For some reason I've never really understood, Duke students are stereotyped to be toolish jerks. According to this stereotype, they are rich, Northeastern kids who party all the time and have little regard for the people around them. Growing up a UNC fan in North Carolina, I am well aware of this sentiment. However, for the most part, it is utterly false. Although there are toolish jerks at Duke (just as there are at any school), Duke is an incredibly diverse campus with people from all walks of life. Not everyone is rich and there is not stigma against those who don't have as much money as others - in fact, it's almost impossible to tell who has money and who doesn't. However, there is one notable area in which Duke students do conform to their stereotype; within some (but not all) fraternities in the Greek scene, men tend to homogenize into one kind of person - and that person is often a tool. Yet this is only a portion of the Greek scene, and a vast minority of the Duke student body. As a whole, I'd say the correct stereotype about Duke is students who are passionate. Students get whole-heartedly involved in all aspects of their school, from social to academic to athletic to extracurricular. They are passionate about their studies, their fellow students, and their school.

Abigail

Duke. The word alone immediatly conjours all sorts of stereotypes; elitist is one, conceited is another. Because Duke is home to top level acedemics and top level sports, it falls under constant national scrutiny. Any news at duke is big news: national championships, scientific discoveries, international honors, but also lacrosse scandals, inappropiate emails, and power-point presentations. The world cares about what is going on at Duke, and therefore Duke has, unfortunately, become the poster child for university scandal. This is misleading, innacurate, and quite humorous to those of us who know the real Duke. I would say the typical Duke student is passionate, incredibly driven, spirited, well-rounded, and healthily competitive. Duke students are the personification of the work hard-play hard ethos. While there are still elitist and conceited individuals who fit the Duke University "stereotype", they are by no means the majority. I also feel that Duke is an incredibly diverse place; people from all over the country and the world attend Duke, all with different opinions, values, upbringings, and cultures. Duke is a place where you can find your own voice while still hearing a multitude of others.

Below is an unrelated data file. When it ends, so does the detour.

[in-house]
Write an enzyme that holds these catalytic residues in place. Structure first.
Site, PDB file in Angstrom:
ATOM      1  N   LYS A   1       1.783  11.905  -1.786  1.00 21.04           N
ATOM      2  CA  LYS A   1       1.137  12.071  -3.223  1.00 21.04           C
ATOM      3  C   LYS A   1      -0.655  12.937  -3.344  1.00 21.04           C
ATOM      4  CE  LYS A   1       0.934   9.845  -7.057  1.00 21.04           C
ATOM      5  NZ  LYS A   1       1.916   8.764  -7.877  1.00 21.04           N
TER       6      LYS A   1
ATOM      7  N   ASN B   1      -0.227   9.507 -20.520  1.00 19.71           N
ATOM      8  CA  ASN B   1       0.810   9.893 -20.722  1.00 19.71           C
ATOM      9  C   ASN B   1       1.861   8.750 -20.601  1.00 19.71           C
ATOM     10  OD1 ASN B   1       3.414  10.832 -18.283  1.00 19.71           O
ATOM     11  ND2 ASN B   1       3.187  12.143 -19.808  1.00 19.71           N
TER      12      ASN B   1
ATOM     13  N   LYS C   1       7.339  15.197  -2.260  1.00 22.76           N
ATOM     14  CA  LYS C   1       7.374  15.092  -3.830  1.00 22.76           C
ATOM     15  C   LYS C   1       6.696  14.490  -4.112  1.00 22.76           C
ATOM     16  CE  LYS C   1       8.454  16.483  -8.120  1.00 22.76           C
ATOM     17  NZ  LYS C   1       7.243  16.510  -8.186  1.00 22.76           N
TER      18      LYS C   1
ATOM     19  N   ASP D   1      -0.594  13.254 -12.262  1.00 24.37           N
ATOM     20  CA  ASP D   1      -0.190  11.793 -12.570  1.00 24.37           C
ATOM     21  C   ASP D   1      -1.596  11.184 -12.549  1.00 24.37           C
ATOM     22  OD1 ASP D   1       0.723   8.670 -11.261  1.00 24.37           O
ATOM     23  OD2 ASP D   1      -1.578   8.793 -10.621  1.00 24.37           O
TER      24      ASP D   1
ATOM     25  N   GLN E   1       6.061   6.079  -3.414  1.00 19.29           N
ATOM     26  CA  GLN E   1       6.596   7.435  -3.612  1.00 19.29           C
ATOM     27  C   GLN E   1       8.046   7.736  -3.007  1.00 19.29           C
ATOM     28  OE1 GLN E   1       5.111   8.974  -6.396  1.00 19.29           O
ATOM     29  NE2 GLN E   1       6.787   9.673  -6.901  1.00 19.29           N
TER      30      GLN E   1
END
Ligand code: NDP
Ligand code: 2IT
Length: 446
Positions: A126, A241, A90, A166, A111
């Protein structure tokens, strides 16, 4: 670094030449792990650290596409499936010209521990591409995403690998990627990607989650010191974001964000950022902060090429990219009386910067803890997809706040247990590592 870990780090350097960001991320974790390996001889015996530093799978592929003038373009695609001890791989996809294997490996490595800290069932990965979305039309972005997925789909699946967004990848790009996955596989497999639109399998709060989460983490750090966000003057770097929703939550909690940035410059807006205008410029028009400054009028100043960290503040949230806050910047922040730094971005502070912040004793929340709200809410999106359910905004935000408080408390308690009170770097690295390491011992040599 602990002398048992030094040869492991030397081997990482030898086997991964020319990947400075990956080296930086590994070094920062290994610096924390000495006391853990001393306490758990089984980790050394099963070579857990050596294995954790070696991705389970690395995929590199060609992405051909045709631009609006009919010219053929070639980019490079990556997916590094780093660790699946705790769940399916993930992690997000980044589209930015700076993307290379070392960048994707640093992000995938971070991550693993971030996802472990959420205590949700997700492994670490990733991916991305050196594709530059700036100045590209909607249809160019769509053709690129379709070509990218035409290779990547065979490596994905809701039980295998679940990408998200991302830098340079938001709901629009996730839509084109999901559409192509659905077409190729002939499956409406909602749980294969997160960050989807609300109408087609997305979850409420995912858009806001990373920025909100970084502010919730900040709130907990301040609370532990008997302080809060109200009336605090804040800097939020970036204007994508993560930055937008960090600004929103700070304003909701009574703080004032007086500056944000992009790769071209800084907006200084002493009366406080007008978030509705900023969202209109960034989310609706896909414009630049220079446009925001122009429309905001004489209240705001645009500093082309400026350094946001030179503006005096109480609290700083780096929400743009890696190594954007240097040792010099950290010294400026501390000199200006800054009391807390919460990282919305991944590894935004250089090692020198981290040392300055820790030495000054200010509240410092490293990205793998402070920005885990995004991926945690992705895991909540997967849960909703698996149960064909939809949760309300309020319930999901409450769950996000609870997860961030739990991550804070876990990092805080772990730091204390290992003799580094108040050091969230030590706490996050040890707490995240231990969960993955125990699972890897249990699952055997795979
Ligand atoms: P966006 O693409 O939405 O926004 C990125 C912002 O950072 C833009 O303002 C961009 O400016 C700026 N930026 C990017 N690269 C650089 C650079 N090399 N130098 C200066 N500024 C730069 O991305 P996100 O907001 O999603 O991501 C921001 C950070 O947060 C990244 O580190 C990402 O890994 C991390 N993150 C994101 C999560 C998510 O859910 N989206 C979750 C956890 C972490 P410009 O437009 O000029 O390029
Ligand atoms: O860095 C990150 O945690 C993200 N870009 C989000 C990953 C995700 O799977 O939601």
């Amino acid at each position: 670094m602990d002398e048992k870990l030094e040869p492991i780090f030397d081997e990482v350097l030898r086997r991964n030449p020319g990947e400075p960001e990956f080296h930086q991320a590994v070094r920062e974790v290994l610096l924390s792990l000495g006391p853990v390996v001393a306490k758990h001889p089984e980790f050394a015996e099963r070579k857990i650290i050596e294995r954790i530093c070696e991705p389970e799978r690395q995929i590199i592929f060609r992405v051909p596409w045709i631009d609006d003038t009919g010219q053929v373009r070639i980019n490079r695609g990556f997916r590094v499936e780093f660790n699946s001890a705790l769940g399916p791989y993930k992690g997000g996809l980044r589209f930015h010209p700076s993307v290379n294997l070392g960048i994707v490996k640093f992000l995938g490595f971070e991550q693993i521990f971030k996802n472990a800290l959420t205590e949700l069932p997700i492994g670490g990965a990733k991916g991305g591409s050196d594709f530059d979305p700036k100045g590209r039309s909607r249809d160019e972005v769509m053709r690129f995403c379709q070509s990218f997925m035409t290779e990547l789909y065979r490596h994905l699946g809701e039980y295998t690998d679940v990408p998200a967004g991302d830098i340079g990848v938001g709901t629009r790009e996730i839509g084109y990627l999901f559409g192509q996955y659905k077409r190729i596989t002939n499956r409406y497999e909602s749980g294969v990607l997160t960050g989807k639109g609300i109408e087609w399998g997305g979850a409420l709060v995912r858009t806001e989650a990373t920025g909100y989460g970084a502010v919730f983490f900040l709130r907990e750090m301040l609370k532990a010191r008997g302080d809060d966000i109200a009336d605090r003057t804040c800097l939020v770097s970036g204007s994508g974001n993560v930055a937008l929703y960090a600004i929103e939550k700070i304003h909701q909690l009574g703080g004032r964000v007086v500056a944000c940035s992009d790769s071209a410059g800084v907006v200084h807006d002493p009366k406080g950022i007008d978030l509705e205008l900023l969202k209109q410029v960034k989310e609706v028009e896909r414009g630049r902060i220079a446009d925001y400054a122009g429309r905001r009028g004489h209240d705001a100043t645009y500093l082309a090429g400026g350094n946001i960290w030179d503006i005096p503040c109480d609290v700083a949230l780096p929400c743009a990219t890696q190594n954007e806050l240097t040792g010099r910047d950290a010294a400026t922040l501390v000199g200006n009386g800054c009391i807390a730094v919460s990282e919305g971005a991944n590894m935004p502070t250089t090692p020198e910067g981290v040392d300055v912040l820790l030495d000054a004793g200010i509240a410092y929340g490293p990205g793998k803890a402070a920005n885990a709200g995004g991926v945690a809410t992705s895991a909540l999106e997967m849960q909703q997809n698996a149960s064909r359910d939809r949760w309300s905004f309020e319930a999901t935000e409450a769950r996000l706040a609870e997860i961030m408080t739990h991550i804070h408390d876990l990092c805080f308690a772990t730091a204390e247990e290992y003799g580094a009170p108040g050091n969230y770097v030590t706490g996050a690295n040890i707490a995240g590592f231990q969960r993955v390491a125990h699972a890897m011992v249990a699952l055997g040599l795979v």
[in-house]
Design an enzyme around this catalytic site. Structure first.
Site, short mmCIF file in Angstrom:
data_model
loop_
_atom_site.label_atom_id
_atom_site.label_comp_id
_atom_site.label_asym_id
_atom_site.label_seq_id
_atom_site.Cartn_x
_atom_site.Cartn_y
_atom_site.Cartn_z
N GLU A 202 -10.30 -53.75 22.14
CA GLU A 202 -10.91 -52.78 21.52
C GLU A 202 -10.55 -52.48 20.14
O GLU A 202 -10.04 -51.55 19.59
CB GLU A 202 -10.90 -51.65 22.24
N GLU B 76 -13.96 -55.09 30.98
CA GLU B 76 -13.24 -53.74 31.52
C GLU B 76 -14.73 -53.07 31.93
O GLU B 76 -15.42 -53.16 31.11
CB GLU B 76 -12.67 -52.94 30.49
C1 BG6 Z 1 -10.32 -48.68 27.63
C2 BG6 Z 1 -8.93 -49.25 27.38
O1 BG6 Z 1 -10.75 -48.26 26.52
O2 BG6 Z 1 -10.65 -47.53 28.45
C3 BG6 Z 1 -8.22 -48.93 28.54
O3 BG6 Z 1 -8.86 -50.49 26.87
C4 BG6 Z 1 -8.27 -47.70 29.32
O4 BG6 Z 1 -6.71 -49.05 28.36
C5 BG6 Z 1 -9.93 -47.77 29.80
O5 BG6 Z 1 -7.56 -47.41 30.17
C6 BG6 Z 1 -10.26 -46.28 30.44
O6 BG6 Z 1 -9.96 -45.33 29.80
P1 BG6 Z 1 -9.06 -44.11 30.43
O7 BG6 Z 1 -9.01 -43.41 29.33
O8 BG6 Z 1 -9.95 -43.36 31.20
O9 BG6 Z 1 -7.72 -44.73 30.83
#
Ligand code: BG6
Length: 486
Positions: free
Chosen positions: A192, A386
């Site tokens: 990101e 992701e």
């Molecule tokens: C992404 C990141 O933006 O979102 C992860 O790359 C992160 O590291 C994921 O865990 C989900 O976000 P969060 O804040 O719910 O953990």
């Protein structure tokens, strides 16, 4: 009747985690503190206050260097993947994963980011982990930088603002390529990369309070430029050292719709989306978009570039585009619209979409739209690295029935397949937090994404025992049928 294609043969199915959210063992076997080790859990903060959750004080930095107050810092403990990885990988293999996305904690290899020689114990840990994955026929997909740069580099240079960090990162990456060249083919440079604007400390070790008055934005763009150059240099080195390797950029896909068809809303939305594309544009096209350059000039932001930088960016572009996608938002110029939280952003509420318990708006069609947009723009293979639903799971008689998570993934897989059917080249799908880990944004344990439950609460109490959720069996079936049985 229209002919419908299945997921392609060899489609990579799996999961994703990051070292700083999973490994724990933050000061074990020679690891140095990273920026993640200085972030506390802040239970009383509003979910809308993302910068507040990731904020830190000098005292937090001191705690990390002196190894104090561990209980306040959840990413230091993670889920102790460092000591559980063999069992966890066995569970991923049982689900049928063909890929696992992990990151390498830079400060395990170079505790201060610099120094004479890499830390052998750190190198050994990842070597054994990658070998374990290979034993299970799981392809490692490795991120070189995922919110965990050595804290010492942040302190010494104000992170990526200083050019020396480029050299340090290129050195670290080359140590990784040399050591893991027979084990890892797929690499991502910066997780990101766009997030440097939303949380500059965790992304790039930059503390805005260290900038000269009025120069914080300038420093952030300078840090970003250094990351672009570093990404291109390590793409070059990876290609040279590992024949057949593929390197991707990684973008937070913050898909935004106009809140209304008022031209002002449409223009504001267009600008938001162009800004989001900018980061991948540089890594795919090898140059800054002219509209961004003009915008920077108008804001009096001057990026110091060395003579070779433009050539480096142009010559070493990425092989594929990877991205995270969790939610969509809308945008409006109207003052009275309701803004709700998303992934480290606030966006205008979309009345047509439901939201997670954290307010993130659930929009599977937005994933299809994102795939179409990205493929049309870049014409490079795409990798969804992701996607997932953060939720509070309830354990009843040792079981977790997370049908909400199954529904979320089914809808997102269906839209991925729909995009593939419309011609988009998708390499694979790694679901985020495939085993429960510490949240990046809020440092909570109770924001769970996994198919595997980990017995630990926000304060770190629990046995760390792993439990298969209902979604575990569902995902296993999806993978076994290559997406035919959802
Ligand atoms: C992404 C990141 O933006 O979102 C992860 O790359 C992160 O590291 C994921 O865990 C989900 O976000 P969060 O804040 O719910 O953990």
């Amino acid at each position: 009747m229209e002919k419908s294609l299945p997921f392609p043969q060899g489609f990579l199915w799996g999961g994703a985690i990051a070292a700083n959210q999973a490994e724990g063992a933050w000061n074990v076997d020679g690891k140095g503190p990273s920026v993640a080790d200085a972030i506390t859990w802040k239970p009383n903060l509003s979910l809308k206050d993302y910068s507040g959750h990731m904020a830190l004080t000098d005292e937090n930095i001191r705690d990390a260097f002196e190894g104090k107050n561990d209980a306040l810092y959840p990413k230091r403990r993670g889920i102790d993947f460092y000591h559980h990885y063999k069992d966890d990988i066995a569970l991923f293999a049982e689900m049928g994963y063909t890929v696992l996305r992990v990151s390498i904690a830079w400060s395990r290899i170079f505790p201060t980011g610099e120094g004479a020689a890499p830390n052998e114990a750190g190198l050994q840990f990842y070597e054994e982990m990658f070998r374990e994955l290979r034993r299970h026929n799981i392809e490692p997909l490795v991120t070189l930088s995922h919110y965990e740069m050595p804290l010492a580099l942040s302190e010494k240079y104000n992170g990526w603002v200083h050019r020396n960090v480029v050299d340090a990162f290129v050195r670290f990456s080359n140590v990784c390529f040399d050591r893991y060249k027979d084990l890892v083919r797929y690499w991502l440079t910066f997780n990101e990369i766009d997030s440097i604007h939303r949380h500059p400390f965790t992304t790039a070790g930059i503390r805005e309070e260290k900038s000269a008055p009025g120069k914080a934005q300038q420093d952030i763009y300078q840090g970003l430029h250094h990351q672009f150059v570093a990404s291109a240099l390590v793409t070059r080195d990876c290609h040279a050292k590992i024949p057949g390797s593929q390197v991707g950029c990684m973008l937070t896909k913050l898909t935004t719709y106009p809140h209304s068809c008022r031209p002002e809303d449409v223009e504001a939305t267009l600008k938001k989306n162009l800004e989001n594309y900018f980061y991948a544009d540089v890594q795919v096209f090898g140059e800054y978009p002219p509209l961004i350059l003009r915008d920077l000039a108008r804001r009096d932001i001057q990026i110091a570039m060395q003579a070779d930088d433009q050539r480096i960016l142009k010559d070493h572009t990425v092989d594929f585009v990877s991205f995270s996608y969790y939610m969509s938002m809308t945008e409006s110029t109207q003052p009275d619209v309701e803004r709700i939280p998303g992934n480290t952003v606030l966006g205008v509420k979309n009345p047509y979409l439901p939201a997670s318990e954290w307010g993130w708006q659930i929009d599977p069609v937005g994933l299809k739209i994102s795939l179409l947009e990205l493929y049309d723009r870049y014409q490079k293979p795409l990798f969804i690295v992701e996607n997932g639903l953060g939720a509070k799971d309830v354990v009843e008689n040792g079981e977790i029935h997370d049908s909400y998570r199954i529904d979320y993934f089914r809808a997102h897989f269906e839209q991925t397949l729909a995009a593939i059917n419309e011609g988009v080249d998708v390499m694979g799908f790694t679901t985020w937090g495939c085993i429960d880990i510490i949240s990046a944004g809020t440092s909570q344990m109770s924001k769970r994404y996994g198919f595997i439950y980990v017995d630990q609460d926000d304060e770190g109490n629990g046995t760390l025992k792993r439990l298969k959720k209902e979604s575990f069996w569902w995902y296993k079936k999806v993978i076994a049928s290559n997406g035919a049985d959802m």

Cassidy

As an elite, private institution, Duke University is often considered the Ivy of the South. With that reputation comes the stigma of inheritance: inherited trust funds, inherited acceptances, inherited social status. It implies a relatively homogeneous student population of yuppy rich white kids who come from a position of privilege into a fast-track to taking over Daddy's position as CEO of a Fortune 500. While there are Duke students who are from a long tradition of wealthy Duke Alumni, characterizing the entire student body in such a manner is a sin against the diversity of the student population. I, along with the majority of my classmates, am a recipient of financial aid. While 47% of the student body is white, this is considerably lower than the 74% of students at UNC Chapel Hill who identify as white. You are just as likely to pass a first generation college student in the quad as you are to pass the son or daughter of an alumnus. Duke, in my experience, is less of a boy's club and more a stocked pantry before Thanksgiving. It gives students the resources to make the experience as diverse as they want to make it.

Brea